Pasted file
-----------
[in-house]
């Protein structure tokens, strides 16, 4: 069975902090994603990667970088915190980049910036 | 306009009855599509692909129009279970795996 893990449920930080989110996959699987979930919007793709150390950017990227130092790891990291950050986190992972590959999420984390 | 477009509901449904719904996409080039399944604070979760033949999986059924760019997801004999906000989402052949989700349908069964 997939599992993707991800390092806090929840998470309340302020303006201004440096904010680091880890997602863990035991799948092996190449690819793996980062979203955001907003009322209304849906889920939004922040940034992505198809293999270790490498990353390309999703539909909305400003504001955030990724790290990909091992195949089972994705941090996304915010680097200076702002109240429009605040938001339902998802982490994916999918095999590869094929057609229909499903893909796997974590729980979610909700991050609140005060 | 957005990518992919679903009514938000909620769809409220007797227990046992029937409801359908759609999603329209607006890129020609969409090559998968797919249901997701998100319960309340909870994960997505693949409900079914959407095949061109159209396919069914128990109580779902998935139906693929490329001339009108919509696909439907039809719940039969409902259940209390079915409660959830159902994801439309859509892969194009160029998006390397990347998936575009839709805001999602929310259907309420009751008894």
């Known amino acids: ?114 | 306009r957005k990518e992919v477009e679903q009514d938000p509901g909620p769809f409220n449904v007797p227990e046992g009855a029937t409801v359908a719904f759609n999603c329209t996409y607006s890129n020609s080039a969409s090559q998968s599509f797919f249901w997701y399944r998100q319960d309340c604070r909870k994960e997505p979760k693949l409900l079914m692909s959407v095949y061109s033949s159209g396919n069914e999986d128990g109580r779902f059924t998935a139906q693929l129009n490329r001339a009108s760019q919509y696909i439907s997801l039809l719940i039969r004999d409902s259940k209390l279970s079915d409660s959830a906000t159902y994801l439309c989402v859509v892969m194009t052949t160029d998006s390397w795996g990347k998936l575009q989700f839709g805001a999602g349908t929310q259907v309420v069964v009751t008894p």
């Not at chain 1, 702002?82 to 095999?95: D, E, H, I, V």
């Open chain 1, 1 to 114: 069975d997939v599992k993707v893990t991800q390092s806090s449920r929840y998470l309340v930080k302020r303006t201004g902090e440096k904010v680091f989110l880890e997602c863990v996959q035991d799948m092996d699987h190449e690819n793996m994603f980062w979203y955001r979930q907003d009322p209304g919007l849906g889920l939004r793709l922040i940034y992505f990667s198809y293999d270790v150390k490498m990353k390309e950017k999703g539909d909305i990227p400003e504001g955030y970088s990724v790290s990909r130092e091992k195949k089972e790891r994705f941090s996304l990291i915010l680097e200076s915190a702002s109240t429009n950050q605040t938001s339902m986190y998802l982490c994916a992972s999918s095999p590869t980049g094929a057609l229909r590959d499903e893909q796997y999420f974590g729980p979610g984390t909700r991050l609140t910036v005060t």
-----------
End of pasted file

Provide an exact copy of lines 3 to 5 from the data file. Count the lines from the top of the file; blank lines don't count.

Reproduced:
């Known amino acids: ?114 | 306009r957005k990518e992919v477009e679903q009514d938000p509901g909620p769809f409220n449904v007797p227990e046992g009855a029937t409801v359908a719904f759609n999603c329209t996409y607006s890129n020609s080039a969409s090559q998968s599509f797919f249901w997701y399944r998100q319960d309340c604070r909870k994960e997505p979760k693949l409900l079914m692909s959407v095949y061109s033949s159209g396919n069914e999986d128990g109580r779902f059924t998935a139906q693929l129009n490329r001339a009108s760019q919509y696909i439907s997801l039809l719940i039969r004999d409902s259940k209390l279970s079915d409660s959830a906000t159902y994801l439309c989402v859509v892969m194009t052949t160029d998006s390397w795996g990347k998936l575009q989700f839709g805001a999602g349908t929310q259907v309420v069964v009751t008894p």
């Not at chain 1, 702002?82 to 095999?95: D, E, H, I, V």
């Open chain 1, 1 to 114: 069975d997939v599992k993707v893990t991800q390092s806090s449920r929840y998470l309340v930080k302020r303006t201004g902090e440096k904010v680091f989110l880890e997602c863990v996959q035991d799948m092996d699987h190449e690819n793996m994603f980062w979203y955001r979930q907003d009322p209304g919007l849906g889920l939004r793709l922040i940034y992505f990667s198809y293999d270790v150390k490498m990353k390309e950017k999703g539909d909305i990227p400003e504001g955030y970088s990724v790290s990909r130092e091992k195949k089972e790891r994705f941090s996304l990291i915010l680097e200076s915190a702002s109240t429009n950050q605040t938001s339902m986190y998802l982490c994916a992972s999918s095999p590869t980049g094929a057609l229909r590959d499903e893909q796997y999420f974590g729980p979610g984390t909700r991050l609140t910036v005060t």